Avoiding Retail Vacancies with Flexible Retail/Residential Design
Small cities that have been become suburbs of larger ones often have city centers that have waned—and city governments that seek to revitalize them with mixed uses. If these city centers do not have existing viable retail cores, the introduction of the kinds of retail shops that mix with more urban housing becomes difficult.
Retailers are reluctant to open stores in places without a critical mass of other stores and shoppers. Retail space built under housing is more difficult and expensive to develop than either space alone. Lenders are especially wary of having vacant stores below rental housing. Housing developers are reluctant to hold, lease, and operate small retail spaces that are peripheral to their principal development business. Retail spaces must comply with more stringent zoning and building code requirements, require more durable materials and storefronts, and cost more to build. And architects strain to accommodate both the taller ceiling heights and parking requirements associated with retail space and the predominant housing components in such projects. Residential units on ground floors also face additional challenges with limited privacy and security at grade level.
Now architects at Dallas-based JHP Architecture/Urban Design have convinced developers and city agencies in two suburban cities in the Dallas/Fort Worth metropolitan area to experiment with a more flexible model for at-grade residential space that can more easily be converted to retail use as the market matures over a longer time frame.
5th Street Crossing
High Street Residential, a subsidiary of Dallas developer Trammell Crow Company, and Garland, an older city of 230,000 people 12 miles (19 km) northeast of Dallas, developed what is now known as Oaks 5th Street Crossing, a transit-oriented development (TOD) project on a 2.75-acre (1.1 ha) downtown site on the block just northwest of the city hall and only 300 feet (91 m) from the Downtown Garland station of the Dallas Area Rapid Transit (DART) light-rail line. The project, now owned by Oaks Properties, is directly west of the Granville Arts Center and close to the Nicholson Memorial Library System’s Central Library and Richland Community College’s Garland campus.
The public/private partnership developed 189 rental residential units and a 330-space shared parking structure. The 200-foot-long (60 m) parking facility runs east–west in the center of the site with two linear 60-foot-wide (18 m) parking bays juxtaposed on opposing sloped floors to accommodate circulation. That orientation reduced the width of the parking entrance to 30 feet (9 m) so as to minimally interrupt the retail space built to activate Fifth Street. The three levels of residential units line the periphery of the site, with the parking structure dividing the site into two internal courtyards, one with a swimming pool.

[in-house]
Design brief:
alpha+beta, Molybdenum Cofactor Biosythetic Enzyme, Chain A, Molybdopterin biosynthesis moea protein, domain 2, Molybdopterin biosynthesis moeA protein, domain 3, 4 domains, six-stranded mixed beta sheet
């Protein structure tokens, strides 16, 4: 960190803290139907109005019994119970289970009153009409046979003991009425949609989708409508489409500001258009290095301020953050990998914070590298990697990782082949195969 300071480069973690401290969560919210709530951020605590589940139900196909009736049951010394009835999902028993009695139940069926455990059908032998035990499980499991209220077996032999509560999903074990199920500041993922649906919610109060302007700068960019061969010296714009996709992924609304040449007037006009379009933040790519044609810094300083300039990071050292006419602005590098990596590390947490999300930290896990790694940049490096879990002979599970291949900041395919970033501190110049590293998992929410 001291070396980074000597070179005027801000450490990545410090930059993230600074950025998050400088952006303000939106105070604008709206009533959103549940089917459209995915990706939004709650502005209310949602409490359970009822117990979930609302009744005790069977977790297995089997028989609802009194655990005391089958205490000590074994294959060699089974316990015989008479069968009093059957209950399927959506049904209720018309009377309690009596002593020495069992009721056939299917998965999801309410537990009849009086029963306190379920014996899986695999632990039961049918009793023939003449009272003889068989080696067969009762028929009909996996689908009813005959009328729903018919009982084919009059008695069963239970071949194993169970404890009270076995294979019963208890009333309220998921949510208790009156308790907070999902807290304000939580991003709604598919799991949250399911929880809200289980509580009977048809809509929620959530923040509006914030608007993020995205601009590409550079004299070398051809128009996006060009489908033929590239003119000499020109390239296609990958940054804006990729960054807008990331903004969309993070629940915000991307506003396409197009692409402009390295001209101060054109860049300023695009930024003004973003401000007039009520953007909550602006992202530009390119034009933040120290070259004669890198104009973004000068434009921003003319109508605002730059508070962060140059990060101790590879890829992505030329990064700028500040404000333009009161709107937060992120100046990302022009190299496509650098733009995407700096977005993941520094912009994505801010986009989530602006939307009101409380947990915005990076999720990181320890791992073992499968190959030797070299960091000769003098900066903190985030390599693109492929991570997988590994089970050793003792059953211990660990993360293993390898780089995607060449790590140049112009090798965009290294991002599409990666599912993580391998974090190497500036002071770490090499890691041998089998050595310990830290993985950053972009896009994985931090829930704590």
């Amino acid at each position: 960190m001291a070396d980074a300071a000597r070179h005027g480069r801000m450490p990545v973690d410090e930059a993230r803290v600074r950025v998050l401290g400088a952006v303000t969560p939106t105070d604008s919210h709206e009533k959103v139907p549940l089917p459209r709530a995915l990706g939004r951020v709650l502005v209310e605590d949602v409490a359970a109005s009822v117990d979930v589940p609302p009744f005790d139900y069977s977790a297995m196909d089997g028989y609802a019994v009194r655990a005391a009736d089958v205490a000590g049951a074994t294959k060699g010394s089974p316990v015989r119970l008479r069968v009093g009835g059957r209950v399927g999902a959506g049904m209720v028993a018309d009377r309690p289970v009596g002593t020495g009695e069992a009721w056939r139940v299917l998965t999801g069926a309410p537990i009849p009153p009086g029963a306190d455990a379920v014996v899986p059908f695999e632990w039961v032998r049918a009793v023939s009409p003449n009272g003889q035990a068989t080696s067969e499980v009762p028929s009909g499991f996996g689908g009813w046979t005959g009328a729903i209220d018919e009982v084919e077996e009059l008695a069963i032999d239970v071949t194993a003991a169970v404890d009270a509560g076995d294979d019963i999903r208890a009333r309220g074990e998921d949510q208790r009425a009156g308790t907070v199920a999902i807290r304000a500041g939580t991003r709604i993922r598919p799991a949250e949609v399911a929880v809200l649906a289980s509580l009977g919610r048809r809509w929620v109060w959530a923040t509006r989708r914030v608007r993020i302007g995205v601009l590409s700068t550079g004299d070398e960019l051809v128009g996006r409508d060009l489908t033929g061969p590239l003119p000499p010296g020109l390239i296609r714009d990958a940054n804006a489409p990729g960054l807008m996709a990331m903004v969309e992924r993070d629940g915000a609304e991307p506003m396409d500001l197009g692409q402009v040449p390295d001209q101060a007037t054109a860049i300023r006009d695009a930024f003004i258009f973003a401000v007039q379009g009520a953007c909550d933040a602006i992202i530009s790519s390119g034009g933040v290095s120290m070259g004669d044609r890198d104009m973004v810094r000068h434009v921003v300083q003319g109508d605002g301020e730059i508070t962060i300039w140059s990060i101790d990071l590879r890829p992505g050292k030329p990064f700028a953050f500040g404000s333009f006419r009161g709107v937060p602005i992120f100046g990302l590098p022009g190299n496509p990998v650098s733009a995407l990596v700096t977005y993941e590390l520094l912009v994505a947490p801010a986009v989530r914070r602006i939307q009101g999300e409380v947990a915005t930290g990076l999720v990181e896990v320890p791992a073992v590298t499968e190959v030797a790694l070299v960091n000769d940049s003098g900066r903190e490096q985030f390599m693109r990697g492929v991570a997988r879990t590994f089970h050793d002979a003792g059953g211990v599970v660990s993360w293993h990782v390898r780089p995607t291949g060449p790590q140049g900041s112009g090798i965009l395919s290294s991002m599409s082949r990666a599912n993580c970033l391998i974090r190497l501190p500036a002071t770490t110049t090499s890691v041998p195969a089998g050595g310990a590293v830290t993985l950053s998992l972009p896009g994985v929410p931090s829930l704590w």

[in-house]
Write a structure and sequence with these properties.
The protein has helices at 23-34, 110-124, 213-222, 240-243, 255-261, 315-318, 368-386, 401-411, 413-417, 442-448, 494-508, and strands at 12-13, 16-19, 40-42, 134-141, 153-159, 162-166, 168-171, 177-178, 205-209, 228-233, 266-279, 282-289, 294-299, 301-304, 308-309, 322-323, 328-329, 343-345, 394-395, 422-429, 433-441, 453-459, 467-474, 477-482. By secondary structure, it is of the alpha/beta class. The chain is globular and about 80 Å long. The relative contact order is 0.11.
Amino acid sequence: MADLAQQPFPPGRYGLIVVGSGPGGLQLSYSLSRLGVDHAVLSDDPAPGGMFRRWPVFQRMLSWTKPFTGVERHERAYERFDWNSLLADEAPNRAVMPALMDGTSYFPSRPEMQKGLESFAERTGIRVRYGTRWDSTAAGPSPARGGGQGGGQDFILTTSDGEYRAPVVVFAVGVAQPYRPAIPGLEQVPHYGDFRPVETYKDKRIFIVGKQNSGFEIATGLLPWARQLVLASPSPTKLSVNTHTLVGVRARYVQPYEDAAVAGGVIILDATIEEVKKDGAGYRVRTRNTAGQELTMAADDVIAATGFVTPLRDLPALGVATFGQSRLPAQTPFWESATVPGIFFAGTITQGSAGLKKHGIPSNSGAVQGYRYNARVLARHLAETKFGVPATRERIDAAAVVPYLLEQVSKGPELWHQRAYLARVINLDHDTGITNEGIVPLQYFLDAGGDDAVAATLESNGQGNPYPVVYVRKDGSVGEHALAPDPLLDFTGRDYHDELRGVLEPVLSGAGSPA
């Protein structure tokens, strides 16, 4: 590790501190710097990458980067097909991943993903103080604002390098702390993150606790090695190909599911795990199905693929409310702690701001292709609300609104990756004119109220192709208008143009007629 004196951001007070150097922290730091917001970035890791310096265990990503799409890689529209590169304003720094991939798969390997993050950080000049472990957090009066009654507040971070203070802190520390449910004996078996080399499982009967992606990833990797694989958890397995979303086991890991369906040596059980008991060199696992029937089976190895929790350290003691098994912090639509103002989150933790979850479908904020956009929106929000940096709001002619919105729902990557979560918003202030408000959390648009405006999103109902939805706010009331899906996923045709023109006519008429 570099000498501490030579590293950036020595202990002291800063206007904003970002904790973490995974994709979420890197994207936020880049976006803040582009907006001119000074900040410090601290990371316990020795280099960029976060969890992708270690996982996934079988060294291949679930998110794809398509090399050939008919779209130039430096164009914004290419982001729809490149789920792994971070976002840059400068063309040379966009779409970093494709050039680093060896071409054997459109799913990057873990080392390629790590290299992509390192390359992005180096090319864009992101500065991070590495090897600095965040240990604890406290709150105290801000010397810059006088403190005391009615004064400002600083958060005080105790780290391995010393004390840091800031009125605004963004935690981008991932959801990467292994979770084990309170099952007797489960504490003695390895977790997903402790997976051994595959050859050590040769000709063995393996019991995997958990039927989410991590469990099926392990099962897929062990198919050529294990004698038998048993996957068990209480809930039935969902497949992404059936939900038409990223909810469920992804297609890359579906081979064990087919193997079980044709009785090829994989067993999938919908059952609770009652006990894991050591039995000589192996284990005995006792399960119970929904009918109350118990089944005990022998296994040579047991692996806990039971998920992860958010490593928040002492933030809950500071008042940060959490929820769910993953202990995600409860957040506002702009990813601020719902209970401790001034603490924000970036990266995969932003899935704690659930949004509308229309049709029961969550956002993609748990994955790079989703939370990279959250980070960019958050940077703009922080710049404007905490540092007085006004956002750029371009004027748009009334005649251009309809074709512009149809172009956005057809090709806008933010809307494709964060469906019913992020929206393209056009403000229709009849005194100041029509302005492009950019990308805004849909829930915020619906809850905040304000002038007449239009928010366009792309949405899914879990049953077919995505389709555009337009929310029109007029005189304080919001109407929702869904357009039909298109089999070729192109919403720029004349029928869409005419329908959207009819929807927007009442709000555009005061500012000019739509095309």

The planning and design problem was that the periphery of the site provides frontage for more than 1,300 linear feet (400 m) of retail shops at grade level. With an apartment building depth of 70 feet (21 m), that creates more than 90,000 square feet (8,400 sq m) of potential retail space—more than the location and market can support. At the same time, while the retail market develops, more than 85 percent of the ground-level space would need to be filled by residential units, with all the security and privacy challenges confronting such space, before it could be converted to retail use at some uncertain time in the future. The developer believed that the market could support less than 12,000 square feet (1,100 sq m) of retail space at the time of completion.
Part of JHP’s solution was to reduce the depth of retail space to 30 feet (9 m), less than half the building depth, with residential units filling the other half and opening onto the internal courtyards. Furthermore, the firm concentrated retail space along Fifth Street across from the Granville Arts Center. The shallow depths also shielded the parking structure from view.
Transition from the Street
JHP saw the main challenge being managing a seamless transition of spaces from the public realm of the street to a semipublic realm of the sidewalk to a private realm of the shop or a residence. Ground-floor retail space would provide a superior interface with the community and give the building an active and lively presence at the street.
At the street edge, the firm designed diagonal parking spaces interrupted frequently by 20-foot-long (6 m) planting islands. Accessible, convenient short-term parking is important for retailers and creates a protective barrier from the automobile traffic on the street. Next, 15 feet (4.6 m) of hardscape and landscape was provided to reinforce the urban edge and to allow al fresco café dining and pedestrian movement. Older retail districts usually do not have that much transition space, but suburban redevelopment, with more room to work with, can enhance such space to make it more attractive for shoppers, diners, and residents.
While such a hierarchy of diagonal parking, landscape, and hardscape can work for retailers, the larger question is whether it can also work for initial residential use of those smaller retail units. In a traditional garden apartment complex, JHP contends, residents feel more secure with strict separation between the public and private realms, but in more urban areas, ground-floor residential space normally cannot provide such separation. JHP believes that strict separation is not a viable concept in urban projects because the private and semipublic realms must interact with the street to allow residents to fully realize the benefits of living in a vibrant mixed-use urban neighborhood.
But would the convenience and protection of on-street diagonal parking along with semipublic hardscape and landscape be enough to ensure privacy and safety for residents? In order to enhance this potential, JHP resorted to a number of techniques in its two projects. Some doorways to the spaces were elevated and are reached by short stairs and stoops. Store windows were reduced in size to a more residential scale. Foundation planters were sited to create more private separations for the spaces from each other and from the street. Street furniture was used to direct pedestrian traffic closer to the curb. One wonders whether small entry courtyards could have been used in a manner similar to that at Manhattan brownstone buildings.